The Barguest - One name for the phantom black dog. In appearance the Barguest was as large as a calf, with long sharp fangs and claws, fiery eyes and a shaggy black coat. Read More »
Robert Hunt in his 'Popular Romances of the West of England; or, The Drolls, Traditions, and Superstitions of Old Cornwall' (1865) gives an account of the lost child of Trefonick which was given to him thirty years earlier by an old woman of the parish. Read More »
Warton Crag is a large limestone hill with a few pieces of interesting folklore as described in Lancashire Folk-lore by Harland and Wilkinson 1867: “On the lower declivity of Warton Crag, in the parish of Warton (which abuts on Morecambe Bay and the Westmorland border), commanding a beautiful and extended prospect of the bay, a seat called 'The Bride's Chair’ was resorted to on the day Read More »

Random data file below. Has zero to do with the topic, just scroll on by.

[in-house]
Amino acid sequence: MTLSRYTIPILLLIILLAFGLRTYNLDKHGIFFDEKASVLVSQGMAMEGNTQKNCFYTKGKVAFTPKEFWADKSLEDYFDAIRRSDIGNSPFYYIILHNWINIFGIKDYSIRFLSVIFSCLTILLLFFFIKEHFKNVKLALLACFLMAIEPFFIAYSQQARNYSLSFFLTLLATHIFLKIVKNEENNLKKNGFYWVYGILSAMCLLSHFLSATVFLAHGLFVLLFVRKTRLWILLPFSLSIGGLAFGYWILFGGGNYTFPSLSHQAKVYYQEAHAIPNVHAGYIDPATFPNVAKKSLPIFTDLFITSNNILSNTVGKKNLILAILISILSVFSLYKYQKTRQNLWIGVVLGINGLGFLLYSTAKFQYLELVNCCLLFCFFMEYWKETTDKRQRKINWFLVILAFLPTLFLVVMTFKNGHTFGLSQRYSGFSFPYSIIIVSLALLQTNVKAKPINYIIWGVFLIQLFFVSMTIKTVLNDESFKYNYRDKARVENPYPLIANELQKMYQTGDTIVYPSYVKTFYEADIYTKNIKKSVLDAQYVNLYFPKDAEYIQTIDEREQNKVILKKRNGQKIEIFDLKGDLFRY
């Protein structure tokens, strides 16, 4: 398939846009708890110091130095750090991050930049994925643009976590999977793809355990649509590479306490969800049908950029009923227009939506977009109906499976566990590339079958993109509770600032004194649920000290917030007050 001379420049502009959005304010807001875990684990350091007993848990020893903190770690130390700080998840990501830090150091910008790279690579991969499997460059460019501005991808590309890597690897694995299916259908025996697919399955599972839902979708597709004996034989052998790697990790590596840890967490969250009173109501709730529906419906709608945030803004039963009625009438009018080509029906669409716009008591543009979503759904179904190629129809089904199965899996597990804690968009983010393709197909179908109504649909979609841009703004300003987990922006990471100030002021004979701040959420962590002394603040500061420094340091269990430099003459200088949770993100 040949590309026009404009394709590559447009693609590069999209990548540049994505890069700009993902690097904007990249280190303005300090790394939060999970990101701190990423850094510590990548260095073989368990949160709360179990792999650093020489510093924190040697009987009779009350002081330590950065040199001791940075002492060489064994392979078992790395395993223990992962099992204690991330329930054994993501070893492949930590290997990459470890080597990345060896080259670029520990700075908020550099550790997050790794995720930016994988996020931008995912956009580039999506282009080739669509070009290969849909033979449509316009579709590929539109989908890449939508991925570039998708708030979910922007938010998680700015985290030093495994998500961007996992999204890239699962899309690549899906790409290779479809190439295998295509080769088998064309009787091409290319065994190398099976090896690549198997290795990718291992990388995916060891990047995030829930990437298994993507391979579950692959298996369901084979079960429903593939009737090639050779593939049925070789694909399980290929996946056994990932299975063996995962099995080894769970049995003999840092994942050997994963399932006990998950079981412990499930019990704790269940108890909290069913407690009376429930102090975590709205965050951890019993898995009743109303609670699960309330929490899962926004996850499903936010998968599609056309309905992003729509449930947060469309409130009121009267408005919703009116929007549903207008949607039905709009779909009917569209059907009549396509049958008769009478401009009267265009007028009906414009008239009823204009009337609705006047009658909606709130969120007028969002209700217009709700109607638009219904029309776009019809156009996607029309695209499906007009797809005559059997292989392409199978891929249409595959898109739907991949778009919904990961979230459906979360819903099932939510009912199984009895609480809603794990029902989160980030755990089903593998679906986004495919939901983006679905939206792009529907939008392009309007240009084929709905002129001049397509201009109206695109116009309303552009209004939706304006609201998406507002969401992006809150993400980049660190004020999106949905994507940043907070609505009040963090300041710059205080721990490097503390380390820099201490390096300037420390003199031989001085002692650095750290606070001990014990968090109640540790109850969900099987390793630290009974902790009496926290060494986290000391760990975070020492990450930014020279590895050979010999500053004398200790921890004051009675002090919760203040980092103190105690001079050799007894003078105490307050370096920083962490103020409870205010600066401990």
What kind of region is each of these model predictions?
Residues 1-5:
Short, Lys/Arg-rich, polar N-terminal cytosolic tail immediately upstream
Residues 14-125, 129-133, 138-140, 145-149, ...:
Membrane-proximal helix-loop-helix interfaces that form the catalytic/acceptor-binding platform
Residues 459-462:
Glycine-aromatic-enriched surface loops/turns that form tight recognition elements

In ‘The Science of Fairy Tales’ (1891), Edwin Sidney Hartland recounts the following tale told by the medieval writer Walter Map (Born 1140- Died c. 1208–1210). ‘Wild Edric*, of whose historic reality as one of the English rebels against William the Conqueror there is ample proof. Read More »
The Will o' the Wisp is the most common name given to the mysterious lights that were said to lead travellers from the well-trodden paths into treacherous marshes. The tradition exists with slight variation throughout Britain, the lights often bearing a regional name. Read More »
Willy Wilcock's Hole is a cave said to be haunted by a fisherman of the same name who was transported to the fairy kingdom. He is still searching his way home after all this time. On wild nights his cries can be heard mingling in the wind.